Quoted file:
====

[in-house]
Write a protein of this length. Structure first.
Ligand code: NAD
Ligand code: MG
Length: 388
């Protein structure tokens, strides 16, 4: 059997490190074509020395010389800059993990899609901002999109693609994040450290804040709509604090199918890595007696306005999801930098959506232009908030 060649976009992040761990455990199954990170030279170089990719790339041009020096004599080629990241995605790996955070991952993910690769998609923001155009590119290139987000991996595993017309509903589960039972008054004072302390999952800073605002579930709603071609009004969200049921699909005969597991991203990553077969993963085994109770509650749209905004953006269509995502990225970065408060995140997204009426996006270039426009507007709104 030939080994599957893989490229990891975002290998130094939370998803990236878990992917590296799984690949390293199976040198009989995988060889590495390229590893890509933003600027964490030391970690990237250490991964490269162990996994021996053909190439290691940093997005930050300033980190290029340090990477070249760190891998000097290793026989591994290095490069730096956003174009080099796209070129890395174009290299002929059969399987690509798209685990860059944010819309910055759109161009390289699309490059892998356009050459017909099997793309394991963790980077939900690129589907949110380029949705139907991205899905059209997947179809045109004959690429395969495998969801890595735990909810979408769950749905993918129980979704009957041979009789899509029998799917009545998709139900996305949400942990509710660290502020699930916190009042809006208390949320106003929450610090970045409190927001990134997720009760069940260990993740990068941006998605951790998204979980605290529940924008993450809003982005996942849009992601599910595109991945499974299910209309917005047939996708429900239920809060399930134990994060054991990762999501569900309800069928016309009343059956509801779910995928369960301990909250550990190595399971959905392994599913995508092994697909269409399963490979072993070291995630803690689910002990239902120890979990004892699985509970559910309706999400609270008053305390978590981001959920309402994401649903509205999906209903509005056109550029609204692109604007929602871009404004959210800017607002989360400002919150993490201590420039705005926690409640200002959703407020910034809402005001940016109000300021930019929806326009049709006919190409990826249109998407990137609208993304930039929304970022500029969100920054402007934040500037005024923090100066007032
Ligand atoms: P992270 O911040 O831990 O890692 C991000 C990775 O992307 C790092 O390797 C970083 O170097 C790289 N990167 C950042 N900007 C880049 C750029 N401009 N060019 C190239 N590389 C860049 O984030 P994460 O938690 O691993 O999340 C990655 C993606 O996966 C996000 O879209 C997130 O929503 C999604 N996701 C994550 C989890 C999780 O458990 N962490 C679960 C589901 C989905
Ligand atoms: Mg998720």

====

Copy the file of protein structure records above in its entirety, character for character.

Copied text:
[in-house]
Write a protein of this length. Structure first.
Ligand code: NAD
Ligand code: MG
Length: 388
């Protein structure tokens, strides 16, 4: 059997490190074509020395010389800059993990899609901002999109693609994040450290804040709509604090199918890595007696306005999801930098959506232009908030 060649976009992040761990455990199954990170030279170089990719790339041009020096004599080629990241995605790996955070991952993910690769998609923001155009590119290139987000991996595993017309509903589960039972008054004072302390999952800073605002579930709603071609009004969200049921699909005969597991991203990553077969993963085994109770509650749209905004953006269509995502990225970065408060995140997204009426996006270039426009507007709104 030939080994599957893989490229990891975002290998130094939370998803990236878990992917590296799984690949390293199976040198009989995988060889590495390229590893890509933003600027964490030391970690990237250490991964490269162990996994021996053909190439290691940093997005930050300033980190290029340090990477070249760190891998000097290793026989591994290095490069730096956003174009080099796209070129890395174009290299002929059969399987690509798209685990860059944010819309910055759109161009390289699309490059892998356009050459017909099997793309394991963790980077939900690129589907949110380029949705139907991205899905059209997947179809045109004959690429395969495998969801890595735990909810979408769950749905993918129980979704009957041979009789899509029998799917009545998709139900996305949400942990509710660290502020699930916190009042809006208390949320106003929450610090970045409190927001990134997720009760069940260990993740990068941006998605951790998204979980605290529940924008993450809003982005996942849009992601599910595109991945499974299910209309917005047939996708429900239920809060399930134990994060054991990762999501569900309800069928016309009343059956509801779910995928369960301990909250550990190595399971959905392994599913995508092994697909269409399963490979072993070291995630803690689910002990239902120890979990004892699985509970559910309706999400609270008053305390978590981001959920309402994401649903509205999906209903509005056109550029609204692109604007929602871009404004959210800017607002989360400002919150993490201590420039705005926690409640200002959703407020910034809402005001940016109000300021930019929806326009049709006919190409990826249109998407990137609208993304930039929304970022500029969100920054402007934040500037005024923090100066007032
Ligand atoms: P992270 O911040 O831990 O890692 C991000 C990775 O992307 C790092 O390797 C970083 O170097 C790289 N990167 C950042 N900007 C880049 C750029 N401009 N060019 C190239 N590389 C860049 O984030 P994460 O938690 O691993 O999340 C990655 C993606 O996966 C996000 O879209 C997130 O929503 C999604 N996701 C994550 C989890 C999780 O458990 N962490 C679960 C589901 C989905
Ligand atoms: Mg998720």